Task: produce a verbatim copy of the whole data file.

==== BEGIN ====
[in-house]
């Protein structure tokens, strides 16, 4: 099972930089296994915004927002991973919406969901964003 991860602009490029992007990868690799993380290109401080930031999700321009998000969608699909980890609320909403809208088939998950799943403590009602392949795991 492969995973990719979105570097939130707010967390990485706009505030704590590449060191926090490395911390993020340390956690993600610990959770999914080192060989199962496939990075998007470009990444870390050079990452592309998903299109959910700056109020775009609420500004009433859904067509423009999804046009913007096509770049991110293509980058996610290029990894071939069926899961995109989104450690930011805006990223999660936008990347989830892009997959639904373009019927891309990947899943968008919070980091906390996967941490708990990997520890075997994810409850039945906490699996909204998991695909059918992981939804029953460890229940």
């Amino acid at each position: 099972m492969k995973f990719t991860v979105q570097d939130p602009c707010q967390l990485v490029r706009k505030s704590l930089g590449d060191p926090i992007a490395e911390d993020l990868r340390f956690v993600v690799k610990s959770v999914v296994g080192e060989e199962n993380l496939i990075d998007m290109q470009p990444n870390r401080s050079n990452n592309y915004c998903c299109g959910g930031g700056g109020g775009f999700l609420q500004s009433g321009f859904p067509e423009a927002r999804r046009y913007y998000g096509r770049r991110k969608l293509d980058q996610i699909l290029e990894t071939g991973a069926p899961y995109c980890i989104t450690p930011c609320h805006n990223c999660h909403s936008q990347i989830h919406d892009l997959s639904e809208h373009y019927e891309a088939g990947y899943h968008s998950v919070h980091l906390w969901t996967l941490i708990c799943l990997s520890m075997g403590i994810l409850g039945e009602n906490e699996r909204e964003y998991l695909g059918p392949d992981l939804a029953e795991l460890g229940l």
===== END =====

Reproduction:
[in-house]
């Protein structure tokens, strides 16, 4: 099972930089296994915004927002991973919406969901964003 991860602009490029992007990868690799993380290109401080930031999700321009998000969608699909980890609320909403809208088939998950799943403590009602392949795991 492969995973990719979105570097939130707010967390990485706009505030704590590449060191926090490395911390993020340390956690993600610990959770999914080192060989199962496939990075998007470009990444870390050079990452592309998903299109959910700056109020775009609420500004009433859904067509423009999804046009913007096509770049991110293509980058996610290029990894071939069926899961995109989104450690930011805006990223999660936008990347989830892009997959639904373009019927891309990947899943968008919070980091906390996967941490708990990997520890075997994810409850039945906490699996909204998991695909059918992981939804029953460890229940």
């Amino acid at each position: 099972m492969k995973f990719t991860v979105q570097d939130p602009c707010q967390l990485v490029r706009k505030s704590l930089g590449d060191p926090i992007a490395e911390d993020l990868r340390f956690v993600v690799k610990s959770v999914v296994g080192e060989e199962n993380l496939i990075d998007m290109q470009p990444n870390r401080s050079n990452n592309y915004c998903c299109g959910g930031g700056g109020g775009f999700l609420q500004s009433g321009f859904p067509e423009a927002r999804r046009y913007y998000g096509r770049r991110k969608l293509d980058q996610i699909l290029e990894t071939g991973a069926p899961y995109c980890i989104t450690p930011c609320h805006n990223c999660h909403s936008q990347i989830h919406d892009l997959s639904e809208h373009y019927e891309a088939g990947y899943h968008s998950v919070h980091l906390w969901t996967l941490i708990c799943l990997s520890m075997g403590i994810l409850g039945e009602n906490e699996r909204e964003y998991l695909g059918p392949d992981l939804a029953e795991l460890g229940l």